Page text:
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Naturalness, veritism, and epistemic significance

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Abstract

A particularly influential thesis about epistemic axiology is veritism: that true belief is the only basic, or fully non-derivative, epistemic value. One recent argument against veritism claims that the naturalness or joint-carvingness of beliefs is also a basic epistemic value. The basic epistemic value of naturalness is held to explain intuitions that true, natural beliefs have greater epistemic value than similar but unnatural beliefs. I argue that epistemic significance, rather than naturalness, can best explain any variations in the value of natural versus unnatural beliefs. Against claims that significance itself undermines veritism, I defend an account of significance that explains why the epistemic value of significance derives entirely from the value of truth. The account also shows how significance can be grounded in multiple features, while still deriving all its value from that of truth. As a result, the epistemic value of natural beliefs offers little reason to abandon veritism, in the absence of stronger arguments favoring the basic epistemic value of naturalness.

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Notes

  1. For defenses of this view, see Goldman (1999, 2001, 2015); Pritchard (2014, 2016a, b); and Sylvan (2018, 2020).

  2. See, for example, Hurka (1998, 2001); and Sylvan (2018, 2020), for further discussion of basic value and its distinction from other types of value, including final value. Roughly speaking, final value is the value that something has independently of any further value it may cause or promote; so a feature could be finally valuable but not basically valuable, if that feature derived its value from a non-causal or constitutive relation to a basic source of value.

  3. Very roughly, the idea is that if true belief were the only basic epistemic value, then knowledge and other epistemic goods would not add any value independently of any further true belief they promote, so knowledge is not intrinsically any better than true belief (Pritchard 2011; Zagzebski 1996). Yet it may seem as if knowledge is intrinsically better than true belief; so, assuming the swamping problem can’t be dissolved, veritism would be false.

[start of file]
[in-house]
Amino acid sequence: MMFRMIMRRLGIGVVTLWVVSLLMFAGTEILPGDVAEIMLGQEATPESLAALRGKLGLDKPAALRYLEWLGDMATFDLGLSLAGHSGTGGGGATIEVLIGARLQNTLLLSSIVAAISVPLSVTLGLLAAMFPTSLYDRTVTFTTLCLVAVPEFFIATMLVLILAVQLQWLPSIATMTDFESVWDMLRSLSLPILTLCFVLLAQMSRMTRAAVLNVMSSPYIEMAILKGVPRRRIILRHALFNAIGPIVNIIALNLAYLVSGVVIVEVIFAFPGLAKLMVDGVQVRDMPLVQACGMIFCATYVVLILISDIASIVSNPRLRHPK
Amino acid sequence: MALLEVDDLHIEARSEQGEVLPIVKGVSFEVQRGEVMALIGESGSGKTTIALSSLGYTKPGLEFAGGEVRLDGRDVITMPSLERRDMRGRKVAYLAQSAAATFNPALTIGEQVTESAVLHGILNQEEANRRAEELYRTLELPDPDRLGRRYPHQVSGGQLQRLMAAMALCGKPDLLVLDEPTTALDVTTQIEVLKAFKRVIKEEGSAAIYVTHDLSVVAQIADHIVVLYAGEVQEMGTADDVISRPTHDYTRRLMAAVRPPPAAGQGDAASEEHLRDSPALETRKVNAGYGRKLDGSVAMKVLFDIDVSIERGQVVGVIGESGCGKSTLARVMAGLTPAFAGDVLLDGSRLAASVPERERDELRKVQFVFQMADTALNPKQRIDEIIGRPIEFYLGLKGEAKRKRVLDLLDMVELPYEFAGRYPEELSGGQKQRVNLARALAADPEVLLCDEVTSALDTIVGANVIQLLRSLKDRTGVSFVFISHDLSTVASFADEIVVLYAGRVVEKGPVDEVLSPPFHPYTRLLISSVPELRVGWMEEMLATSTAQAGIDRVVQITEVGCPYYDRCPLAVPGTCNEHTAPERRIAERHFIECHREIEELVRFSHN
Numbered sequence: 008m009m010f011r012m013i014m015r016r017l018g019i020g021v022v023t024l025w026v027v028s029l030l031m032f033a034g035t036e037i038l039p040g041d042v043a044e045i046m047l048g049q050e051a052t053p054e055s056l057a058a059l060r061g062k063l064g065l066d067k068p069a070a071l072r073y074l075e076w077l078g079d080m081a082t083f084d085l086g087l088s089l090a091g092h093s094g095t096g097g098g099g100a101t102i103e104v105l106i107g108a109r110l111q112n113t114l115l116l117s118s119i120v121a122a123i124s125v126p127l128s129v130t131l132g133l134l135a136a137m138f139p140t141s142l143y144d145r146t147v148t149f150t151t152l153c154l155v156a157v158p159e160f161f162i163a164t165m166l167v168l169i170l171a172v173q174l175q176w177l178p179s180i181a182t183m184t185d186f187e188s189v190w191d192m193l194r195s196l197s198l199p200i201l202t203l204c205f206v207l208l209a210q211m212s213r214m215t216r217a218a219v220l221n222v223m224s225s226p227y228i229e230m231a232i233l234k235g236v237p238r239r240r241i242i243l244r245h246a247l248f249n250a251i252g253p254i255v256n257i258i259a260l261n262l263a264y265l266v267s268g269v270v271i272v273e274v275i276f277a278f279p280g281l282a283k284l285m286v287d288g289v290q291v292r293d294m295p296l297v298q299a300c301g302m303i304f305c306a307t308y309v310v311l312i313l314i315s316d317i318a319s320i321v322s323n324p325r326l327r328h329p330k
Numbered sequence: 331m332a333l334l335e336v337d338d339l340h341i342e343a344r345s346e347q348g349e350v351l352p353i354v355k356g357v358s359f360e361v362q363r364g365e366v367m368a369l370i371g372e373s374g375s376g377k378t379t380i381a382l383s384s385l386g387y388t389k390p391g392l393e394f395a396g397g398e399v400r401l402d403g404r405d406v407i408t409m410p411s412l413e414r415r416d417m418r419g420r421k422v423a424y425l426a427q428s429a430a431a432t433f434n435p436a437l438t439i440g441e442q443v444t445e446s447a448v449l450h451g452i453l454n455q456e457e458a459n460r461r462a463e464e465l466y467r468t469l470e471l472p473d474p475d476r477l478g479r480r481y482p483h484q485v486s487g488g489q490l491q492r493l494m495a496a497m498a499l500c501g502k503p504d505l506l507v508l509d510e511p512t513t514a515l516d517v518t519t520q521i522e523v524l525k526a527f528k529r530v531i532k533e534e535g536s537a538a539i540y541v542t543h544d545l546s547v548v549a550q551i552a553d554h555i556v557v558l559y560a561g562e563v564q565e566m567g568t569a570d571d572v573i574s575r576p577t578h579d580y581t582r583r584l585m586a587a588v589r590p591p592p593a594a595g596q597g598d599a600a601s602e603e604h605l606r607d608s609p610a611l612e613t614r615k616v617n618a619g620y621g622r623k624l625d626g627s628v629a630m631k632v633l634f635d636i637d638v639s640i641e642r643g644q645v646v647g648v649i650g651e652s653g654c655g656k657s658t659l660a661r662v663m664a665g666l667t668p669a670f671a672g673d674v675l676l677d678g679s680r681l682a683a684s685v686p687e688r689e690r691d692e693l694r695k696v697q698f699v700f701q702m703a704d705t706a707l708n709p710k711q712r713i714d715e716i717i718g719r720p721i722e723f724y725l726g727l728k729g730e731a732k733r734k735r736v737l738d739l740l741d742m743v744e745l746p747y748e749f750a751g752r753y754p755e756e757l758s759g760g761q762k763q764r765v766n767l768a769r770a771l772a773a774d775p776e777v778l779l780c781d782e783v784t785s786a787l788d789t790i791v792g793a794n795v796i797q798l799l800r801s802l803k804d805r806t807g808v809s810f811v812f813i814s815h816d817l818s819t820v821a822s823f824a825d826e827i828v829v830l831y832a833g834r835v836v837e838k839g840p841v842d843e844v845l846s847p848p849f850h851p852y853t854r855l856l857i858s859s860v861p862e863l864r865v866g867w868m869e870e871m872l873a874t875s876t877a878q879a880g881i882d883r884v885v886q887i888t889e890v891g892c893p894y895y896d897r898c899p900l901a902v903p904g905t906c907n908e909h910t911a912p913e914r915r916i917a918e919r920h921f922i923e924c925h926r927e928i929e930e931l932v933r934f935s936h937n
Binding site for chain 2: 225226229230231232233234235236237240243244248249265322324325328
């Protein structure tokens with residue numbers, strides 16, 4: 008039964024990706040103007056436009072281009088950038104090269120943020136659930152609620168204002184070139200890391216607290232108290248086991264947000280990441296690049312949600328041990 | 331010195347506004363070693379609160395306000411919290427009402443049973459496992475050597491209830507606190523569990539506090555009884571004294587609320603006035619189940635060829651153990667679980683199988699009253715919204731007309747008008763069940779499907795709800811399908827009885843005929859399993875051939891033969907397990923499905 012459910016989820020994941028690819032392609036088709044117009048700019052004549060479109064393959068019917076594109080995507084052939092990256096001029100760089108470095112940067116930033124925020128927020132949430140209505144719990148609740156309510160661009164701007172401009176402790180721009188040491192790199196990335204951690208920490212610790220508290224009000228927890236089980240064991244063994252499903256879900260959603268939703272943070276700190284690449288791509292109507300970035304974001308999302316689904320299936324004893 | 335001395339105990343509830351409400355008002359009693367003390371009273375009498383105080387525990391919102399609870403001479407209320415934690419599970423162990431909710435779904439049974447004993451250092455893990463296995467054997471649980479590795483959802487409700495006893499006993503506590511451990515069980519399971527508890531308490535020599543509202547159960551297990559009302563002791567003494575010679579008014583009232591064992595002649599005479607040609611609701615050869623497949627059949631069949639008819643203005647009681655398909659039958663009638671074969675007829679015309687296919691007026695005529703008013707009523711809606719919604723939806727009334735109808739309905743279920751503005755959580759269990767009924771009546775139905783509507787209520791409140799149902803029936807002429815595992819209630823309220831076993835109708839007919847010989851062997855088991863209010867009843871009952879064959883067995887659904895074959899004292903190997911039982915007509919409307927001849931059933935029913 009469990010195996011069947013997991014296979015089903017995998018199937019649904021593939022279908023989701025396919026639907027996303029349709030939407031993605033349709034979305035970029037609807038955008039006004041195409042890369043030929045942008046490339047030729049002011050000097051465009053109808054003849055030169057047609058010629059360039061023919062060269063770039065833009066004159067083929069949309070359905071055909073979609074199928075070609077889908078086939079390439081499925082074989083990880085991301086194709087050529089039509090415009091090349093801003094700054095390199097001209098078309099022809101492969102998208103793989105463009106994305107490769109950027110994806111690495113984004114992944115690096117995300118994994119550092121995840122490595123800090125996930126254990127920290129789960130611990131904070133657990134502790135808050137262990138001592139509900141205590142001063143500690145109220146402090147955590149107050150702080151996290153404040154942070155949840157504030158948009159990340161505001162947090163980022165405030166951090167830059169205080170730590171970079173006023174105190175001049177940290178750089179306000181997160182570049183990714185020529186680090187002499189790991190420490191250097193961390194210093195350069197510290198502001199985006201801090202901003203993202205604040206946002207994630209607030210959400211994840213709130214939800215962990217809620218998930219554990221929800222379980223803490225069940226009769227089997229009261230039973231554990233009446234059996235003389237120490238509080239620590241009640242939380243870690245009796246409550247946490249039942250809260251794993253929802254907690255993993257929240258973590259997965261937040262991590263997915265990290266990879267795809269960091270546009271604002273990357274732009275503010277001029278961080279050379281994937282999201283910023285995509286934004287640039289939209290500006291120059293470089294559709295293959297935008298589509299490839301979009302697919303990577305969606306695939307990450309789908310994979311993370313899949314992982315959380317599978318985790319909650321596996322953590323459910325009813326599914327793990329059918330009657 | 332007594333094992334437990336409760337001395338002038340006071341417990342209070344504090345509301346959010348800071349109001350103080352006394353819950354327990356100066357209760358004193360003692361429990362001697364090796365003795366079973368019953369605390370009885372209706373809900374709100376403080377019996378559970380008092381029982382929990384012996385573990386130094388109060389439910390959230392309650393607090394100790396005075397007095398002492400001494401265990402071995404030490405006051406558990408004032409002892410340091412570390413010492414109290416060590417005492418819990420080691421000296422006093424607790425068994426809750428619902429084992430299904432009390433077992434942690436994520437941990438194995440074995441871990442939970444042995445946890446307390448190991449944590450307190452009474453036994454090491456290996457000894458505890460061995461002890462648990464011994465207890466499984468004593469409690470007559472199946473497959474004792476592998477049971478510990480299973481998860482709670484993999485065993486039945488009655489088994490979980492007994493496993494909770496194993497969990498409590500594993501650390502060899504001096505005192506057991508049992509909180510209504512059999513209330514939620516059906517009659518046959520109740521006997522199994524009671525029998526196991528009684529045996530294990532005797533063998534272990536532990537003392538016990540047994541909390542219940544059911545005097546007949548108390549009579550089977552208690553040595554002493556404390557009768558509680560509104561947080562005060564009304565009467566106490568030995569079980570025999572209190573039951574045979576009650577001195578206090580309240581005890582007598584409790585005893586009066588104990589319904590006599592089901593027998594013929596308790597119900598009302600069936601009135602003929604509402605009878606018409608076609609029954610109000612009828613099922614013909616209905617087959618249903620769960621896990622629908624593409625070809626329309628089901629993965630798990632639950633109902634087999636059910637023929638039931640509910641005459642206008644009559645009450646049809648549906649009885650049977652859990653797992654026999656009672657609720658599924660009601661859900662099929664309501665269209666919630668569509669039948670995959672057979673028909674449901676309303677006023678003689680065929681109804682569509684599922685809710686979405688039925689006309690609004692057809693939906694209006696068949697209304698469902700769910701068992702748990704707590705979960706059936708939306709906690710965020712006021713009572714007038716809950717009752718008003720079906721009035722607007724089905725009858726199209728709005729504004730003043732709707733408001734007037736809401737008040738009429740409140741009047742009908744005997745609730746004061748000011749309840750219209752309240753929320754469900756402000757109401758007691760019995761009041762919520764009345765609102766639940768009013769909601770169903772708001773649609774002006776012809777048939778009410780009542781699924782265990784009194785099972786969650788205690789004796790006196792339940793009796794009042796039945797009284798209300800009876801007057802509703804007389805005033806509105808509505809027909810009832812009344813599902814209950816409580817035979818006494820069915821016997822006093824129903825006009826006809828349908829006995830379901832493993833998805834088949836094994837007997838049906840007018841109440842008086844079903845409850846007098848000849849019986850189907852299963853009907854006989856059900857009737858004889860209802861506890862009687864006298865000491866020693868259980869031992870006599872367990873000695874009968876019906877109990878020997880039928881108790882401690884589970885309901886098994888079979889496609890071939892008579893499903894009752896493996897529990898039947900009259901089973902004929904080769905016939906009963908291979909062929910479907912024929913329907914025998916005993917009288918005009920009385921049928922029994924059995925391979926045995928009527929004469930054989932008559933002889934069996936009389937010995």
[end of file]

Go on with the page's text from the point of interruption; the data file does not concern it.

4. See, for example, Treanor (2013, 2014); Pritchard and Millar (2010); Pritchard (2011, 2014); Sylvan (2018, 2020); Hu (2017).

  5. Lewis (1986, p. 60) and Sider (2011) understand naturalness (roughly) along the lines of fundamentality, where the most fundamental properties are the most natural. Still, one might think being a biological kind isn’t necessarily less natural than being a chemical or physical kind, even if physical kinds are more fundamental.

  6. What then is the relation between basic and final value? At least in my discussion, the sources of basic value tend to be properties such as being true or being happy, whereas things like beliefs or lives tend to be finally valuable to the extent they instantiate such properties. To be precise, a feature that is basically valuable does not derive its value from any other source, whereas a feature that’s finally valuable could derive its value from a non-causal, constitutive or instantiation relation to a basic source of value. (Of course, basic values like truth are also finally valuable). A feature that’s instrumentally valuable, by contrast, derives its value from a causal or promotional relation to another source of value.

  7. See Treanor (2013, 2018); Joyce (2009); Finocchiaro (2022).

  8. Finocchiaro (2022) raises but dismisses the possibility that significance might account for the greater epistemic value of true, natural beliefs. But Finocchiaro (2022) doesn’t work with the heuristic for significance that I adopt from Treanor (2013) and Pritchard (2014).

  9. At least, this is the case assuming we don’t say that happiness is nothing but being in a certain brain state. And we needn’t say this, even if we invoke grounding explanations, since grounding claims typically imply only necessary conditionals rather than biconditionals. (For example, being scarlet may ground being red, but there are many red things that aren’t scarlet) (Sider 2013). Of course, if a strong reductivism were true and happiness were nothing but being in a certain brain state, then being in that brain state could be basically prudentially valuable. (And it would be the causes of being in that brain state that would be instrumentally valuable).

  10. What about Finocchiaro’s (2022) claim that significance increases the disvalue of false beliefs, while also increasing the value of true beliefs? For example, the false belief that the bracelet is not green would have more disvalue than the belief that it’s not grue, because the former belief is more significant. On significance-as-similarity, however, I don’t think this holds. On the contrary, it seems to me that even the false belief that the bracelet isn’t green is less disvaluable than the false belief that it isn’t grue, insofar as the former belief seems more representationally similar to the world than the latter (especially if one thinks, as I suggest, that there may not be any real property of being grue).

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Acknowledgements

The author thanks Uriah Kriegel and three anonymous reviewers for their insightful and informative feedback on previous drafts of this article.

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Sass, R. Naturalness, veritism, and epistemic significance. Synthese 203, 190 (2024). https://doi.org/10.1007/s11229-024-04629-5

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